September 08, 2021
Alcoans get into the act of reading with America’s queen of country music
Portland Aluminium Plant Manager Ron Jorgensen interacts after reading one of his favorite children’s books from the Dolly Parton Imagination Library
Dolly Parton is an international superstar, and the work that her “Imagination Library” is doing to promote literacy is getting a boost all the way from Louisiana in the southern United States to the state of Victoria in Australia.
In Lake Charles, Louisiana, the Alcoa Foundation has been supporting the Dolly Parton Imagination Library since 2015, through the United Way of Southwest Louisiana. The project grows the literacy skills of children and encourages a love of reading.
Many preschool-age children from low-income families in Southwest Louisiana do not have access to books simply because their families cannot afford them. This year’s grant is expected to provide books and skills building to at least 500 children aged 0-5 from low-moderate income families in the community.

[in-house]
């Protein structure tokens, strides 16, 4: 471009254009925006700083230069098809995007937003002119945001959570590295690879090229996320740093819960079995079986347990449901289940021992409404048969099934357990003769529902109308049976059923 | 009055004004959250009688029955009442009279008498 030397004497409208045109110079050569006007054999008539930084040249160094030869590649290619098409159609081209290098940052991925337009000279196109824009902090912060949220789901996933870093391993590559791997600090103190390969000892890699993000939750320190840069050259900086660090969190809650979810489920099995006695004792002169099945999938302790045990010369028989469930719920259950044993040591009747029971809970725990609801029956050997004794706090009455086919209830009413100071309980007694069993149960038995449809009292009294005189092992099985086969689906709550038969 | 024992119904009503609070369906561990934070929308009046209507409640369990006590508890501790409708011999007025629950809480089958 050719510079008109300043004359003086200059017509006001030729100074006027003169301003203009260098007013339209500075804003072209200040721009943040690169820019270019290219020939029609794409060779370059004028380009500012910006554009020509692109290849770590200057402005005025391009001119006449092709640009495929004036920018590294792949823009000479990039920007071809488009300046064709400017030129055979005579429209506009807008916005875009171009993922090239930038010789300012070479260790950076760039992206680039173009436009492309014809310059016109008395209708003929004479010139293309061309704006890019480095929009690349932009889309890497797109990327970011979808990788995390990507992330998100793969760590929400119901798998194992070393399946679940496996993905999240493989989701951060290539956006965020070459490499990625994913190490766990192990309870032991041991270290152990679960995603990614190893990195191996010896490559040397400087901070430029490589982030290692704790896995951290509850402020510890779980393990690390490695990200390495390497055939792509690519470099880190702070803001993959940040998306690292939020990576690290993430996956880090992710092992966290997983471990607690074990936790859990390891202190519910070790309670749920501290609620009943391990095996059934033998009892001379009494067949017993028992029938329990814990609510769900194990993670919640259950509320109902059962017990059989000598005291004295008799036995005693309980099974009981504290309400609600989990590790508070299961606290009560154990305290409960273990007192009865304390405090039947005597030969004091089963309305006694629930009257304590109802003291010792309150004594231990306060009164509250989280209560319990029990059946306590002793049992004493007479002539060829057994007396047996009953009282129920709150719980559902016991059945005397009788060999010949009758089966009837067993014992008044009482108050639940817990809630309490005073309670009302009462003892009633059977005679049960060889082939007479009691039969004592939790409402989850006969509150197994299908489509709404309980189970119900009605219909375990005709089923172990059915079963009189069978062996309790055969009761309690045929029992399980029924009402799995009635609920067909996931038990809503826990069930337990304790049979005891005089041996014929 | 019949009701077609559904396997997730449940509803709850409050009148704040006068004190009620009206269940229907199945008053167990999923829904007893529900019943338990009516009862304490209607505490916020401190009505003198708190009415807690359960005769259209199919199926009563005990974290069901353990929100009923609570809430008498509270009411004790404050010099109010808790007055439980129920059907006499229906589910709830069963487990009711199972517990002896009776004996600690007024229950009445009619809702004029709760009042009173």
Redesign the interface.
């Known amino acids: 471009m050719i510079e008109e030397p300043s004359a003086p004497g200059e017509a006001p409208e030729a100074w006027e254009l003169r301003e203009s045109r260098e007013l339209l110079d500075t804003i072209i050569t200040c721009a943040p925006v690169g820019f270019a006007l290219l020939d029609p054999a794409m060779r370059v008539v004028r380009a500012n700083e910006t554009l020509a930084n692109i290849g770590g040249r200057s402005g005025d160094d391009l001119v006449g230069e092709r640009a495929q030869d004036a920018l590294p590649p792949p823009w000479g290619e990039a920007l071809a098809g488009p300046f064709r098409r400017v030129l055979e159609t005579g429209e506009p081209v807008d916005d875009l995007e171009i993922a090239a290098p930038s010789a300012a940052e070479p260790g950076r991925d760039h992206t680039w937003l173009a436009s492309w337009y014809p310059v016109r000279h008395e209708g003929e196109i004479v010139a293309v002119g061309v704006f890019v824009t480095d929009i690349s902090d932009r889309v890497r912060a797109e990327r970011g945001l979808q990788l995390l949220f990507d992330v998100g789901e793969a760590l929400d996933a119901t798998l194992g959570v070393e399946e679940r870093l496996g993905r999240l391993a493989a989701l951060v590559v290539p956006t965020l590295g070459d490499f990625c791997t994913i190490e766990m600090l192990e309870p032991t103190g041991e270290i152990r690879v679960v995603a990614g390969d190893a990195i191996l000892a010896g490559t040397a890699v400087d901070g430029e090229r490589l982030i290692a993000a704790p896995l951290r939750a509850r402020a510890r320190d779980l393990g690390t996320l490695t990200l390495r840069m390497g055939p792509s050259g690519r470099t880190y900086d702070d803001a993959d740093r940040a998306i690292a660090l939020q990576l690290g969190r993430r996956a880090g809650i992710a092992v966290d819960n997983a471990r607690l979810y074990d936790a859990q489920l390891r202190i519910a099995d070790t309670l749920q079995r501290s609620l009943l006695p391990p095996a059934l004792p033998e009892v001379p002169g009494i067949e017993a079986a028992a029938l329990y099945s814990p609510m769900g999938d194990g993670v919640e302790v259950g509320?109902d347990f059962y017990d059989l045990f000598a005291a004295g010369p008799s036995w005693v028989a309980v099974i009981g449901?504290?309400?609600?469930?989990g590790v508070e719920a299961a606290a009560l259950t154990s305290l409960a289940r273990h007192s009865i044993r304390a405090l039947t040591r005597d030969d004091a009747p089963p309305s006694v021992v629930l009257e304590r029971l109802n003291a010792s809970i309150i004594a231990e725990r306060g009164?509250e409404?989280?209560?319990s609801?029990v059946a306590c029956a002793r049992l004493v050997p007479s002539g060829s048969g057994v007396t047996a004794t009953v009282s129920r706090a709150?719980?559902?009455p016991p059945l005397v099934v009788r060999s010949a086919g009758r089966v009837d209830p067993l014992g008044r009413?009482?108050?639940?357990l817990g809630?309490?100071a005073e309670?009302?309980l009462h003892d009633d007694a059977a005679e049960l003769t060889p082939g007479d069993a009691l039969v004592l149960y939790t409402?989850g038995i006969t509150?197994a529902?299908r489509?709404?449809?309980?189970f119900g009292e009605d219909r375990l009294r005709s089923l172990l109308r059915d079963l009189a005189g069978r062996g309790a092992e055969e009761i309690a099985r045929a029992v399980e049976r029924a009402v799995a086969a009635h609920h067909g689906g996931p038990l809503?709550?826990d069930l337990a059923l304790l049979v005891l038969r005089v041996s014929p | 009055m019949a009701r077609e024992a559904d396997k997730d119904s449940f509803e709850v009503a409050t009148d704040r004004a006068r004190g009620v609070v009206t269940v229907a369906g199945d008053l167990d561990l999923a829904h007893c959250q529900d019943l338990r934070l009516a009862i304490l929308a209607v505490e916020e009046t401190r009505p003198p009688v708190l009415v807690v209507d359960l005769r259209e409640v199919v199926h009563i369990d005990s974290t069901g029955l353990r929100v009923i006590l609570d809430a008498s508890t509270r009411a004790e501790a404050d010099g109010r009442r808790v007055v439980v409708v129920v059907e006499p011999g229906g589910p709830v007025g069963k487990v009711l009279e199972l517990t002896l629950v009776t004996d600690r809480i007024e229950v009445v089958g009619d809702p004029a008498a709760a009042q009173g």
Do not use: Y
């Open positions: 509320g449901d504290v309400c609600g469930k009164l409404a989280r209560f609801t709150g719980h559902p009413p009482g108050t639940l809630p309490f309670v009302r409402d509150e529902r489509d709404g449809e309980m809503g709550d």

In Australia, the Imagination Library has been delivered to more than 900 children at no cost to families since it was launched in Glenelg Shire eight years ago.
It is funded by United Way Glenelg supporters and Portland Aluminium directly. Portland has been a major partner since 2013. Since the start of the partnership with the Dolly Parton Imagination Library, 34,993 books have been delivered to children between the ages of 0-5 across the region.
"To have the opportunity and ability to help educate our youngest generation; to give them the best possible start to life is a privilege. I personally am very proud to be involved in the Dolly Parton Imagination Library,” explained Portland Aluminum plant manager Ron Jorgensen.
That benefit isn’t lost on parents who have had to keep children home amid the global pandemic.
Program recipient Melissah Dunn (pictured right) shared with her local United Way in Glenelg Shire in a Facebook feature that she moved her 4-year-old, Sarah, out of daycare during 2020 due to the pandemic. According to her, the once-a-month book gift was a welcomed experience for her and her daughter.
“The delivery of books was a god-send at the time, and the majority of the books on Sarah’s bookshelf are from the Imagination Library,” she added.